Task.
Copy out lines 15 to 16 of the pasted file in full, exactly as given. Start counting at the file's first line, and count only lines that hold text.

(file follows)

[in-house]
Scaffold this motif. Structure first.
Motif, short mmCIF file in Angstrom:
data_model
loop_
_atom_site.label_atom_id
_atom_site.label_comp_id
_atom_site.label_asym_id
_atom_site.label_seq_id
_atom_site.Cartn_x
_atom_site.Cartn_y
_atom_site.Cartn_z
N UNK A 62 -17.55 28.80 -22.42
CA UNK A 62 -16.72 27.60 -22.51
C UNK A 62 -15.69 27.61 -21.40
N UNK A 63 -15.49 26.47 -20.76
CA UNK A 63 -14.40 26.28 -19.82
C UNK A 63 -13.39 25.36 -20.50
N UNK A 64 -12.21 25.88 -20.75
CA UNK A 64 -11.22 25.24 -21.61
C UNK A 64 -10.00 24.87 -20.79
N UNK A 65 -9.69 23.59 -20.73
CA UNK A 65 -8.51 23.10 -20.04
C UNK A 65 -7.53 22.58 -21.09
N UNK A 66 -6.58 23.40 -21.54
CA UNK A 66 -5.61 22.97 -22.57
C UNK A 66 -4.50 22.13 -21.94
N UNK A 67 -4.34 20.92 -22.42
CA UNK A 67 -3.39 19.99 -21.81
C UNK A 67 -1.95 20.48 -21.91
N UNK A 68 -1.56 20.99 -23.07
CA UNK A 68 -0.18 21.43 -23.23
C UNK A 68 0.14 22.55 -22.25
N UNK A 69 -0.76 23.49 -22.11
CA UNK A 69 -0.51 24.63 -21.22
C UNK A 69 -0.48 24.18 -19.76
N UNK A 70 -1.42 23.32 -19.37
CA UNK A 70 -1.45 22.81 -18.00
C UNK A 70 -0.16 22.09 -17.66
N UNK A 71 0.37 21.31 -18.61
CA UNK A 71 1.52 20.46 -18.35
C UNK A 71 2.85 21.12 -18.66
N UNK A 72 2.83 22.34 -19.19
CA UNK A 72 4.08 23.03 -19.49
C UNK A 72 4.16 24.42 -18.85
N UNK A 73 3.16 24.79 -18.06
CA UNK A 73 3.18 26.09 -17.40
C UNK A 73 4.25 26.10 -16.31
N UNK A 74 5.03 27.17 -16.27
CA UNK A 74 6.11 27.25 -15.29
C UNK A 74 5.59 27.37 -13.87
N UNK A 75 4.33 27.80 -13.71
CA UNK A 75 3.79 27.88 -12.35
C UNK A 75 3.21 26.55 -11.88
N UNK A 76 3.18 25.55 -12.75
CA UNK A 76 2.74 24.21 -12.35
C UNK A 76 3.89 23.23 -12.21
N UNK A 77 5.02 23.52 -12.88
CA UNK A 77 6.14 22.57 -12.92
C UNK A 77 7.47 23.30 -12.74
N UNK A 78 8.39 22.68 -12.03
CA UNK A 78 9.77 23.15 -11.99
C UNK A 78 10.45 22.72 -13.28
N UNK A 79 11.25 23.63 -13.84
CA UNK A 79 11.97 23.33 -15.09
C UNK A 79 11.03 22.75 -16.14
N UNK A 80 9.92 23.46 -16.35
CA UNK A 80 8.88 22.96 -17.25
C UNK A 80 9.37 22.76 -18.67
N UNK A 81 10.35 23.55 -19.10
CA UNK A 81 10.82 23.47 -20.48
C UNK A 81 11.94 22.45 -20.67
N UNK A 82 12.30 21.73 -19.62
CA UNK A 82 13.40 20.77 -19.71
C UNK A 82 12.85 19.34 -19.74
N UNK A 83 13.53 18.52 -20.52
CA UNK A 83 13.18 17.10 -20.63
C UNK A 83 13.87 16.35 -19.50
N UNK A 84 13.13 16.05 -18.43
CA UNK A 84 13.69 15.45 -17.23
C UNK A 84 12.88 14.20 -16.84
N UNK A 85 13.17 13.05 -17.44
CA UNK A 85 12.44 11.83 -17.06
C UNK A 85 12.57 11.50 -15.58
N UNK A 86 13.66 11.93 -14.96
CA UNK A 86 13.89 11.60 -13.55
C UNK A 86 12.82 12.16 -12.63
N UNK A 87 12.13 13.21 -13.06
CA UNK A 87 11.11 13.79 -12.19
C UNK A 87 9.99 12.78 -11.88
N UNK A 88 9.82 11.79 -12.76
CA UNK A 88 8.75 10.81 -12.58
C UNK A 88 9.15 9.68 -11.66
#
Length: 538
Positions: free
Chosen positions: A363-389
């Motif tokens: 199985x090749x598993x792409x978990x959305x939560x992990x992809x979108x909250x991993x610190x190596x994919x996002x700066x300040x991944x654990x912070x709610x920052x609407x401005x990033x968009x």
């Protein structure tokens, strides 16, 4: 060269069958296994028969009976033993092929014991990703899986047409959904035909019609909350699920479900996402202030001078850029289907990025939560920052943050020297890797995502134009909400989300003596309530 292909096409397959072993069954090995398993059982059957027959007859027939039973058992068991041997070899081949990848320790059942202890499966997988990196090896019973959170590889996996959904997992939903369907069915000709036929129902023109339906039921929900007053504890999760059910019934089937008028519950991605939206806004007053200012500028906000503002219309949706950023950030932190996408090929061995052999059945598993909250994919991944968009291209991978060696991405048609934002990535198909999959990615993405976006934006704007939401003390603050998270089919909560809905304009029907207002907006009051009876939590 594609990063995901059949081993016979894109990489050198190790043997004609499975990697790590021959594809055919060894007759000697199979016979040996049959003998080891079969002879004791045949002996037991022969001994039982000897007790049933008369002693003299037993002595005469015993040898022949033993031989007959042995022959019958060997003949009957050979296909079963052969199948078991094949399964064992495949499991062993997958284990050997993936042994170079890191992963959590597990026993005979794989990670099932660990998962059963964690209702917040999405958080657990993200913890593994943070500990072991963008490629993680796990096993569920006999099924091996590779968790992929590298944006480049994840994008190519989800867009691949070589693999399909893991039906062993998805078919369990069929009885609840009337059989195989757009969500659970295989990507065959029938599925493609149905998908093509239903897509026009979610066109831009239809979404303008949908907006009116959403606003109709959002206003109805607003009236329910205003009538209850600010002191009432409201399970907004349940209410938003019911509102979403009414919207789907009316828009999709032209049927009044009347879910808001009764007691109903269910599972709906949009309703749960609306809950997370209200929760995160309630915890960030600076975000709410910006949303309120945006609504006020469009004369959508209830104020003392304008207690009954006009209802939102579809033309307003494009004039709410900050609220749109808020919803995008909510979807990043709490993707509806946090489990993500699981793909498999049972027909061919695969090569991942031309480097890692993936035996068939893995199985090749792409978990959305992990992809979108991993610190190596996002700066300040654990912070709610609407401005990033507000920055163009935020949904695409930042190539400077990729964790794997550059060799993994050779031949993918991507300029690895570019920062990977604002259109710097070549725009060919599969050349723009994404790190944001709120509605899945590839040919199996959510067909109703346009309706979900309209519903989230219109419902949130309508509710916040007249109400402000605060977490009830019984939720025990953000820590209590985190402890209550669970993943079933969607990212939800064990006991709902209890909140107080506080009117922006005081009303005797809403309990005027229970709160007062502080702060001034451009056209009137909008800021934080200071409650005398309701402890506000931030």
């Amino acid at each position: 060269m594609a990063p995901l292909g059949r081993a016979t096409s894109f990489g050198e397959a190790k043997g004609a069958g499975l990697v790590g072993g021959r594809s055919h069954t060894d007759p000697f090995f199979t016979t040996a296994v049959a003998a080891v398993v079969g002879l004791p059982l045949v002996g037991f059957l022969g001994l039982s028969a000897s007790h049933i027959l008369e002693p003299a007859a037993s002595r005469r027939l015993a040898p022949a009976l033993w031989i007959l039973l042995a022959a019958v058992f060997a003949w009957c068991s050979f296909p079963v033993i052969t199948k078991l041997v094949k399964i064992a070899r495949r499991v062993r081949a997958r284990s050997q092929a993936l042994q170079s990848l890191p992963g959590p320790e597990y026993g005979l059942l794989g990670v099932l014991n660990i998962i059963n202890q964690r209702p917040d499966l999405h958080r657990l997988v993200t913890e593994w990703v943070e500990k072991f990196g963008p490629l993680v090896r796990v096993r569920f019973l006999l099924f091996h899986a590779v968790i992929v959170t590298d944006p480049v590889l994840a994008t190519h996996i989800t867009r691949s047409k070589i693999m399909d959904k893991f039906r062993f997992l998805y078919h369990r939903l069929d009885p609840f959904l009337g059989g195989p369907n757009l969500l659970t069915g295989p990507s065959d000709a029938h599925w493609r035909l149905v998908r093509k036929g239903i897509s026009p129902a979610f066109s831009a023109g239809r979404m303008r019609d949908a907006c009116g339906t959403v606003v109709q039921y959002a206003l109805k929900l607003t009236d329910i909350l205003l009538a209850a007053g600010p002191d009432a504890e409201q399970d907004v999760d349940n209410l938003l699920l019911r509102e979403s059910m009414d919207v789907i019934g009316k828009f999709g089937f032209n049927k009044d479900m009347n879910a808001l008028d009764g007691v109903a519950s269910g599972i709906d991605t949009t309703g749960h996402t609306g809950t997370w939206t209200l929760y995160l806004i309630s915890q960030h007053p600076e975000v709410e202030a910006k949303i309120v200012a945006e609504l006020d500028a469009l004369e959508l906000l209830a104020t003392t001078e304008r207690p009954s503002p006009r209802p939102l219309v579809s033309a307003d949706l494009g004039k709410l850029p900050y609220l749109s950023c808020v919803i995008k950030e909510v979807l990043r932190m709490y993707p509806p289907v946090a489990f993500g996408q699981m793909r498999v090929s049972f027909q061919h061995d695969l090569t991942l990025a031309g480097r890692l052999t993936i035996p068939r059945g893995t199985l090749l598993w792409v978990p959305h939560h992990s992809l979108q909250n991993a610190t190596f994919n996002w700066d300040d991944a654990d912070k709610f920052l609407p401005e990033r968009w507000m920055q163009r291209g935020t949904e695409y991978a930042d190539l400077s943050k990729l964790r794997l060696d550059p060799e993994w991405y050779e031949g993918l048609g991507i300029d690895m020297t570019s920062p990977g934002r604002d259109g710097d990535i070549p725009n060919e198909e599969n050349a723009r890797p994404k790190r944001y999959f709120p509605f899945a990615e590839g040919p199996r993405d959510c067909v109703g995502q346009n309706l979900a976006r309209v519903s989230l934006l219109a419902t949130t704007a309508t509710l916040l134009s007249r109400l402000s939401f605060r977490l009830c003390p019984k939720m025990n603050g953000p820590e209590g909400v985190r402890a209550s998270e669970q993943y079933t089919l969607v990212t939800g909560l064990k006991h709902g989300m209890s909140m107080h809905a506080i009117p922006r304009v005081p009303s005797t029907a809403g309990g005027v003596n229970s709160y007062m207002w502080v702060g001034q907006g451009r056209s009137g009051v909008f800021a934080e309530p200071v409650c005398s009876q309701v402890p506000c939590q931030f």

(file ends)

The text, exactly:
C UNK A 62 -15.69 27.61 -21.40
N UNK A 63 -15.49 26.47 -20.76